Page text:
OPL agreed to plead guilty to felony violations of the Federal Hazardous Liquid Pipeline Safety Act (FHLPA), the Clean Water Act (CWA) and the Rivers and Harbor Act. EPC agreed to plead guilty to felony violations of the FHLPA and the CWA. Hopf and Brentson agreed to plead guilty to felony violations of the FHLPA and Dyvig agreed to plead guilty to a misdemeanor violation of the CWA. The plea agreement calls for OPL to pay a $6 million criminal fine, a $5 million civil fine, spend approximately $15 million ensuring the safety of its pipelines in Washington State and serve five years' probation. Under the agreement, EPC will pay $15 million in criminal fines, $10 million in civil fines and EPC's parent company, Shell, will develop a $61 million pipeline integrity program for its pipelines in the United States. With total criminal and civil fines combined, this is the largest pipeline case ever brought in the United States.
When sentenced, Hopf and Brentson each face a maximum sentence of up to five years in prison and/or a $250,000 fine. Dyvig faces a maximum sentence of up to one year in prison and/or a $100,000 fine, when sentenced.
This case was investigated by EPA's Criminal Investigation Division, the U.S. Department of Transportation's Office of Inspector General, the FBI, the Washington State Department of Ecology and the Bellingham, Wash., Police Department. Investigative assistance was provided by EPA's National Enforcement Investigations Center. It is being prosecuted by the U.S. Attorney's office in Seattle.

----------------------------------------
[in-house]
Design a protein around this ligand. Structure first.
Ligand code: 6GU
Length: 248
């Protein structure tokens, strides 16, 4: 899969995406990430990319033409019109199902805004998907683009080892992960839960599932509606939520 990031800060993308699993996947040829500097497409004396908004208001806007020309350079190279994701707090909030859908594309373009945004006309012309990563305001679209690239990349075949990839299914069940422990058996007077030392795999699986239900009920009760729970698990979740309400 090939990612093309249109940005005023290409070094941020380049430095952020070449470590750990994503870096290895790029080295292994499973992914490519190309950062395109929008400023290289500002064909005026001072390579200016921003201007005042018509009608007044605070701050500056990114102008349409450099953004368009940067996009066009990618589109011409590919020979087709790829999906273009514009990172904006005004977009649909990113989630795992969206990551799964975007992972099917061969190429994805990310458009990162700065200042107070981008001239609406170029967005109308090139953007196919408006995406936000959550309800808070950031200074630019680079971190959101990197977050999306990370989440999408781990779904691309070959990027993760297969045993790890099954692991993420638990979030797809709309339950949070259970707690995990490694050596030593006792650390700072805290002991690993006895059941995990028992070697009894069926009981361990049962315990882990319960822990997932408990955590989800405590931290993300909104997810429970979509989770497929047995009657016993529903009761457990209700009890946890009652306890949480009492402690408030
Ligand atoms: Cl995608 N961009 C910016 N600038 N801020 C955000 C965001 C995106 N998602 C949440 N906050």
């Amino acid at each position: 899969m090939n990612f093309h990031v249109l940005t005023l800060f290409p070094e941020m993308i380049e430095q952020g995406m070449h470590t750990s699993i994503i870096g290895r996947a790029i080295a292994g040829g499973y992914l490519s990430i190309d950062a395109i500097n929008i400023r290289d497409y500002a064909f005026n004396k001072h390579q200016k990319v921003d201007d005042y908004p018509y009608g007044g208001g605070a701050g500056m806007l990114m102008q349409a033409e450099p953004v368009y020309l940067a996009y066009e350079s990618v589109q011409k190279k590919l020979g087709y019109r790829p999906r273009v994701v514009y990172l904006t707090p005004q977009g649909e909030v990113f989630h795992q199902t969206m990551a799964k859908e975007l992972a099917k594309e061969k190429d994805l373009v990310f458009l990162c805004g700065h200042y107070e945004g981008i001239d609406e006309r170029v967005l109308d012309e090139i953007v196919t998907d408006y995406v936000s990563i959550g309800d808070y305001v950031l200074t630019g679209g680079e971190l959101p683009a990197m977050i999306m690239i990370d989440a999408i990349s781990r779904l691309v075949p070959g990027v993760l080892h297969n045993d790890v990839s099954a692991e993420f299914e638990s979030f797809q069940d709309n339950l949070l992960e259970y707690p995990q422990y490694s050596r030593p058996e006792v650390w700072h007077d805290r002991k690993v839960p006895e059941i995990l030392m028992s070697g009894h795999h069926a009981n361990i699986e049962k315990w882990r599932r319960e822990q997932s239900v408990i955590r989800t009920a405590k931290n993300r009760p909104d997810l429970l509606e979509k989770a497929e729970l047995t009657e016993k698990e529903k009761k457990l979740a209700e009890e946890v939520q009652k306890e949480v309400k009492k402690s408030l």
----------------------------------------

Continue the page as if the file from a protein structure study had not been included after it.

NORTH CAROLINA OIL REFINERY AND THREE INDIVIDUALS PLEAD GUILTY IN OIL POLLUTION/TAX EVASION CASE
High Rise Services Co. Inc., of Leland, N.C., and three individuals: Andrew Jackson Simmons, Jr., of Wilmington, N.C.; Anthony Paul Norris of Leland, N.C.; and Terry Ray Hill of Rocky Point, N.C., all pleaded guilty on Dec. 9 in U.S. District Court for the Eastern District of North Carolina in Wilmington. The federal charges related to the operation of High Rise's business of re-refining used oils into useable products and cleaning storage tanks.
High Rise pleaded guilty to conspiracy to violate the Clean Water Act, the unlawful discharge of oil onto the shoreline and into surface waters, and improper storage of used oil. When sentenced, the company could receive a maximum fine of $2 million or twice the gain that resulted from the violations. The plea also calls for the company to pay restitution, publish a public notice of violation, make public speeches regarding its violations, develop a compliance program and conduct annual training for management and staff.
Simmons pleaded guilty to the negligent discharge of oil, failing to report a spill and tax evasion. When sentenced, he could receive a maximum sentence of up to 16 years in prison and/or a fine of up to $850,000. Norris pleaded guilty to the negligent discharge of pollutants and making false statements to the Coast Guard. When sentenced, he could receive a maximum sentence of up to six years in prison and/or a fine of up to $350,000. Hill pleaded guilty to tax evasion and when sentenced, could receive a maximum sentence of up to 10 years in prison and/or a fine of up to $500,000.
Releasing oil into surface waters can make the waters unfit for recreation and drinking and can cause significant harm to fish and wildlife.
The case was investigated by EPA's Criminal Investigation Division, the U.S. Coast Guard Marine Safety Office, the U.S. Coast Guard Criminal Investigation Division, the Internal Revenue Service Criminal Investigation Division and the North Carolina State Bureau of Investigation. Investigative assistance was provided by EPA's National Enforcement Investigations Center. It is being prosecuted by the U.S. Attorney's office for the Eastern District of North Carolina.